The Theatre of the Air
HAS CANADA the talent to furnish firstclass radio entertainment ? Mr. Charlesworth answers, “Yes and no.” There are two kinds of entertainment—music and the spoken word.
“We are rich in musical talent,” he said, “and the Commission will make the best use of it. We have seven orchestras—two at Montreal, one at Toronto, Vancouver, Calgary, Regina and Winnipeg. There are smaller orchestras at Edmonton, Hamilton and other centres. They may not be classed as great symphony orchestras, but they are suitable for effective broadcasting.” Moreover, Mr. Charlesworth will seek to get the best from Canadian talent.
“Advertising,” he declares, “has hurt radio programmes. When you put your broadcasting in the hands of advertisers, you no longer depend upon the good taste of the artist but upon the taste of the advertiser. Instead of the artist selecting his own programme, the advertiser’s agent selects it. We are not going to interfere with artists. We are not going to insist upon every orchestra playing‘The Blue Danube,‘nor are we going to insist upon every artist singing ‘Love’s Old Sweet Song.’ We will allow latitude to the orchestra conductors and to the artists.”
The crux of the radio problem, however, is not in the building of stations, the leasing of wires, or the furnishing of splendid programmes of music. It is more subtle, more elusive.
“Our problem,” said Mr. Charlesworth, “is what I term the ‘theatre of the air’.” By that he means the creative element, plus radio technique essential to the broadcasting of good drama.
“The problem is wholly different to the
stage,” he continued. “You must create pictures through the ear. You cannot rely upon facial expression, gesture, make-up. scenery. You cannot entirely rely upon dialogue. You must devise a new technique, and very little has been done in this regard on this continent. The B. B. C. has done better. They have ‘air versions’ of many good plays—some of Shakespeare, ‘Milestones,’ ‘The Silver King’ and others. The Commission intends to borrow these plays and put them over in Canada. I am confident we can find the talent. The Little Theatre movement is producing excellent material for radio drama. I am equally confident that we will find Canadian authors with the talent to write original Canadian sketches for the radio. This will be a gradual development, but the Commission will not be satisfied until progress is being made.”
Purely educational broadcasts, usually the product of small stations, will be encouraged by the Commission. This kind of broadcasting is regarded as highly important, but the Commission has no intention of putting on national educational broadcasts unless the subject is of supreme importance.
Finally there is the problem of censorship. The responsibility in this connection is one that Mr. Charlesworth cannot evade. The statute thrusts it upon him. The Commission must pass upon the license of every broadcasting station, must maintain supervision of programmes.
“The public is looking to the Commission for reasonable censorship,” said Mr. Charlesworth. “But we don’t really censor. We offer advice and make recommendations. Many impracticable forms of censorship are being suggested. Professors and educationalists are urging the Commission to edit private programmes and improve the English of announcers. In Quebec, a definite movement is afoot to banish vulgar forms of P'rench. The Commission is not highbrow. We will do our best to achieve better standards of English and French, but censorship of this sort is not really practicable.”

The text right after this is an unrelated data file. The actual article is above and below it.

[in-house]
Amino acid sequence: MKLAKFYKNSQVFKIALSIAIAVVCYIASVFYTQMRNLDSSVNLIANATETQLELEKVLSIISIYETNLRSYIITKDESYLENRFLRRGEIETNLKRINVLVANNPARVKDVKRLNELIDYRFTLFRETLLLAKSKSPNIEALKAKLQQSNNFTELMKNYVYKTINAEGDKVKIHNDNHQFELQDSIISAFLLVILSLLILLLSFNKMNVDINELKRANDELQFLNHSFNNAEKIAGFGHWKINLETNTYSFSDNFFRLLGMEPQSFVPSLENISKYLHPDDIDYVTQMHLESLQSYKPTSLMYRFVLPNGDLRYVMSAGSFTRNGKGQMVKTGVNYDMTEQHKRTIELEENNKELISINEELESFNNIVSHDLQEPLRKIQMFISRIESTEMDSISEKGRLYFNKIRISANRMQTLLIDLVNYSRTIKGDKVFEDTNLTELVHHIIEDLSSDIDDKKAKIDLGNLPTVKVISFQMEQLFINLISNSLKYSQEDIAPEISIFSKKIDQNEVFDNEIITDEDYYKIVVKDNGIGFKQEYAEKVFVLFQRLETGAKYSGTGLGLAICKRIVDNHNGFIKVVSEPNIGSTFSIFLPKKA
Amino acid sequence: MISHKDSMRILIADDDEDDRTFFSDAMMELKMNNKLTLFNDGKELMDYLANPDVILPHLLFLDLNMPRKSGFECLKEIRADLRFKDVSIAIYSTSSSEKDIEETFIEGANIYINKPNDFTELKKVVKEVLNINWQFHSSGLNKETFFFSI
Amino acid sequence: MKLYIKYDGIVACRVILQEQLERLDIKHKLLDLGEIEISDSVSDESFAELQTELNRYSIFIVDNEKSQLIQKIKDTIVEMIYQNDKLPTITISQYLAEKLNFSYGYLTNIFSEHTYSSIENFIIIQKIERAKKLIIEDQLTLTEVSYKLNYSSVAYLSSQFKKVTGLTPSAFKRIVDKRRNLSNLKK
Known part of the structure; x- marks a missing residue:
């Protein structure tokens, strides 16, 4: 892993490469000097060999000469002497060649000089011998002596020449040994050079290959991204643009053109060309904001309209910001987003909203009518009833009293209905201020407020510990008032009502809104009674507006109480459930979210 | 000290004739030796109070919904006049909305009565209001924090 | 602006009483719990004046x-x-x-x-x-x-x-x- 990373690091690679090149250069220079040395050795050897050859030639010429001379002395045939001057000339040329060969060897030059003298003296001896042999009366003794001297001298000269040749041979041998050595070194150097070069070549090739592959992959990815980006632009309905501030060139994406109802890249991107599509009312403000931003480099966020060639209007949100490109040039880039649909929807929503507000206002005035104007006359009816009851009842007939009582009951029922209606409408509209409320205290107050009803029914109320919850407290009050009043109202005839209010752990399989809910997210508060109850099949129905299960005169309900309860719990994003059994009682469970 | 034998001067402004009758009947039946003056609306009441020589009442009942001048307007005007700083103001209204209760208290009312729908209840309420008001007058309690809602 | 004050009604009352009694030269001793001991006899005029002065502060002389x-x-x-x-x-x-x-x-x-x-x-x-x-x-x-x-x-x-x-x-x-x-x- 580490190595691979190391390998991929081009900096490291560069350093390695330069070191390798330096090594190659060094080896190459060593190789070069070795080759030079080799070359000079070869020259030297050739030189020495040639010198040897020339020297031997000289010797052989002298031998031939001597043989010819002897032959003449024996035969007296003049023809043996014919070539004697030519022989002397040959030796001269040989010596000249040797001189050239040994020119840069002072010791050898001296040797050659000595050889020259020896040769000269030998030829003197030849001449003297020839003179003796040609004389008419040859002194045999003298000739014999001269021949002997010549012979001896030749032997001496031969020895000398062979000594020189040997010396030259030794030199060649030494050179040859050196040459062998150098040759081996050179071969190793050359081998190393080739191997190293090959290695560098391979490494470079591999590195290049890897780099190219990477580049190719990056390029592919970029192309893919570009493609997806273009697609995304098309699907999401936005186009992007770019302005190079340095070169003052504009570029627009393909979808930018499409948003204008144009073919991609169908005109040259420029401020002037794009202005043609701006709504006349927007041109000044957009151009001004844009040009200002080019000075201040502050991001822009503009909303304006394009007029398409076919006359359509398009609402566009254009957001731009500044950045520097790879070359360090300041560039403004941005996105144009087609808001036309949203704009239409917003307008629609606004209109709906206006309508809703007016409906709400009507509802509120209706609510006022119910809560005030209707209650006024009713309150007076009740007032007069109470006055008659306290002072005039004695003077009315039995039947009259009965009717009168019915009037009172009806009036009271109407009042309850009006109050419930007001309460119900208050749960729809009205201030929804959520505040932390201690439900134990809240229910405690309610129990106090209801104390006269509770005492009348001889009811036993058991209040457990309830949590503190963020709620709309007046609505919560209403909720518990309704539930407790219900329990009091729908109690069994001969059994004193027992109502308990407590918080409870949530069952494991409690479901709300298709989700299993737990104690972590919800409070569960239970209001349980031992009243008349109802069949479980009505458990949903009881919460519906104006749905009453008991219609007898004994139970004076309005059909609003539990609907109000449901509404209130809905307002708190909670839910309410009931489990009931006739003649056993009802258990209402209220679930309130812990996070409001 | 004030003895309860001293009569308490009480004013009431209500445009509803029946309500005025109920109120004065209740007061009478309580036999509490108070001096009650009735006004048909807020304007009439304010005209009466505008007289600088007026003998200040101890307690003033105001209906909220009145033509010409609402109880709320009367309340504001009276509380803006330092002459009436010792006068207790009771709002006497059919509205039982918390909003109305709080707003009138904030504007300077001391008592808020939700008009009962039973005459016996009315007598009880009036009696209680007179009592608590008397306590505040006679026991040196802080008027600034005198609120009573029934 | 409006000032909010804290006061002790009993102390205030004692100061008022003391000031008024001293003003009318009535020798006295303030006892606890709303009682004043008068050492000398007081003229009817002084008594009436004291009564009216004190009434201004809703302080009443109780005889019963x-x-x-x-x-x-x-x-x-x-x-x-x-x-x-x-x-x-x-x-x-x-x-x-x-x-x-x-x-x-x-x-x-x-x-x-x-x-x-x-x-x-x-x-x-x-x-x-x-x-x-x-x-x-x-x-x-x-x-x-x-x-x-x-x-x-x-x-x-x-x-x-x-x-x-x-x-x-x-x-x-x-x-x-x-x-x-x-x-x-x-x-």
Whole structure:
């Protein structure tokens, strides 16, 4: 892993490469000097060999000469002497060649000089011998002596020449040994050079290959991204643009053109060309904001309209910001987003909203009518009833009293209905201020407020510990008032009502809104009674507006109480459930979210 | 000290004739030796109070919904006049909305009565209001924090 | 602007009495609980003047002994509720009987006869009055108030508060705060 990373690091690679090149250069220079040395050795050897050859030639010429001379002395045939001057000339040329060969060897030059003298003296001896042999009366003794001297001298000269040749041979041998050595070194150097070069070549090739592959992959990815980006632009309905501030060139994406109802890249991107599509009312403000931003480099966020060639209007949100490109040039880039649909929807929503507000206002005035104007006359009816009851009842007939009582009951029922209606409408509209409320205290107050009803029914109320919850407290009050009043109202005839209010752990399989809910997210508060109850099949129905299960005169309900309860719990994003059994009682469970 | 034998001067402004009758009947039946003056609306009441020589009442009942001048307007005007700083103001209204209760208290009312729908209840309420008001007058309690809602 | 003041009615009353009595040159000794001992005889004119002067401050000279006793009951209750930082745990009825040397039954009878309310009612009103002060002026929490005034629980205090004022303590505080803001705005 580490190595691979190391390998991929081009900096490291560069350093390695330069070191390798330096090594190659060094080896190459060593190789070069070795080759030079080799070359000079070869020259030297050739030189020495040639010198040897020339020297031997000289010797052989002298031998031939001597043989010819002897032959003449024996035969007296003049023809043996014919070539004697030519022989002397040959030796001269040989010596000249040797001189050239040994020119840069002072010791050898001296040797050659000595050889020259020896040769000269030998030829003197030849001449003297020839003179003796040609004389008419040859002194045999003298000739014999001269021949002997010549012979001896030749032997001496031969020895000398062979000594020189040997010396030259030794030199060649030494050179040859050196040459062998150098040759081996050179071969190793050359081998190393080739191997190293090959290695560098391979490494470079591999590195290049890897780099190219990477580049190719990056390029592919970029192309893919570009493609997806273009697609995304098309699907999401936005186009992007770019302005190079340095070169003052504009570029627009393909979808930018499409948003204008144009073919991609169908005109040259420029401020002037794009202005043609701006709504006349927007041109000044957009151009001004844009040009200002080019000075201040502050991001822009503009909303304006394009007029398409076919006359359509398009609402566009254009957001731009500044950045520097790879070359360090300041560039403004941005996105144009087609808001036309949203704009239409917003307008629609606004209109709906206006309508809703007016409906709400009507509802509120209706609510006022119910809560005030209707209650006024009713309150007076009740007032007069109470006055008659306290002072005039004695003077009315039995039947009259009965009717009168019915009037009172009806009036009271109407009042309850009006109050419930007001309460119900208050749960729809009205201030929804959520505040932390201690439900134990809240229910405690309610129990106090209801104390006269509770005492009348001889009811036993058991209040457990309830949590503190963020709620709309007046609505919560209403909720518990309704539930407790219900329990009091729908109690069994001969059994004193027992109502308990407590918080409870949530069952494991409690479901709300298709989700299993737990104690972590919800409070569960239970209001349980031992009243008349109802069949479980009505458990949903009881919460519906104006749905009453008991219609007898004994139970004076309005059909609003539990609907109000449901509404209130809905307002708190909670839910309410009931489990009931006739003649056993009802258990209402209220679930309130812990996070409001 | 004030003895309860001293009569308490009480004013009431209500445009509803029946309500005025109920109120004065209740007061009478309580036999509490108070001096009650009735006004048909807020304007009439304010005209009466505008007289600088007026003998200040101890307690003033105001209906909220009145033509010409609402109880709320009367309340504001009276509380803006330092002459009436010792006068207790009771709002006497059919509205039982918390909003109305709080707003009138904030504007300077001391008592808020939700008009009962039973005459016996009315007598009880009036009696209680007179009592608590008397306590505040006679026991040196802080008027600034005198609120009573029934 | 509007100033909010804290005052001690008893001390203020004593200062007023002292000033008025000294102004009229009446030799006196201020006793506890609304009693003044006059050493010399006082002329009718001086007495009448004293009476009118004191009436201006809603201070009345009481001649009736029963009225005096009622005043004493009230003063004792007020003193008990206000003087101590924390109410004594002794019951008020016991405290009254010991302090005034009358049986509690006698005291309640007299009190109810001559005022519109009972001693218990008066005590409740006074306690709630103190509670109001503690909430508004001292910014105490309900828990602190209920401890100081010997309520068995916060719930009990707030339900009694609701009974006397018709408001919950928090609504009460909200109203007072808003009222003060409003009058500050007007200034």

Other forms of censorship, however, are already in operation. Patent medicine continuity must now be submitted to Ottawa, where it is gone over by the Federal Department of Health. Quackery is being eliminated.
Censorship, however, is not one of Mr. Charlesworth’s chief interests. He is interested primarily in the upbuilding of a national system of broadcasting, the development of Canada’s musicians and vocalists, in the providing of high-class entertainment for radio listeners. Above all, he covets for this country success in that new field, the “theatre of the air.”
How to Store Potatoes
POTATOES keep better in storage if they are kept comparatively warm for the first few days, according to recent findings of the Cornell University Experiment Station. Three years of tests have shown that nearly half the losses by rots and much of the water losses are obviated by keeping the temperature at about sixty-five degrees Fahrenheit, for the first ten days in storage, but the customary practice is to hold the
temperature at forty degrees Fahrenheit. The reason for the reduction in losses at the higher initial temperature lies in the fact that the thickening and toughening of the skin are hastened. As the greatest losses in weight of stored potatoes are due to losses of water, the thickened skin reduces this loss early in the season. After the first few days of warm temperatures, the usual cool temperatures should be maintained.— Scientific American.
The story you want is part of the Maclean’s Archives. To access it, log in here or sign up for your free 30-day trial.
Experience anything and everything Maclean's has ever published — over 3,500 issues and 150,000 articles, images and advertisements — since 1905. Browse on your own, or explore our curated collections and timely recommendations.WATCH THIS VIDEO for highlights of everything the Maclean's Archives has to offer.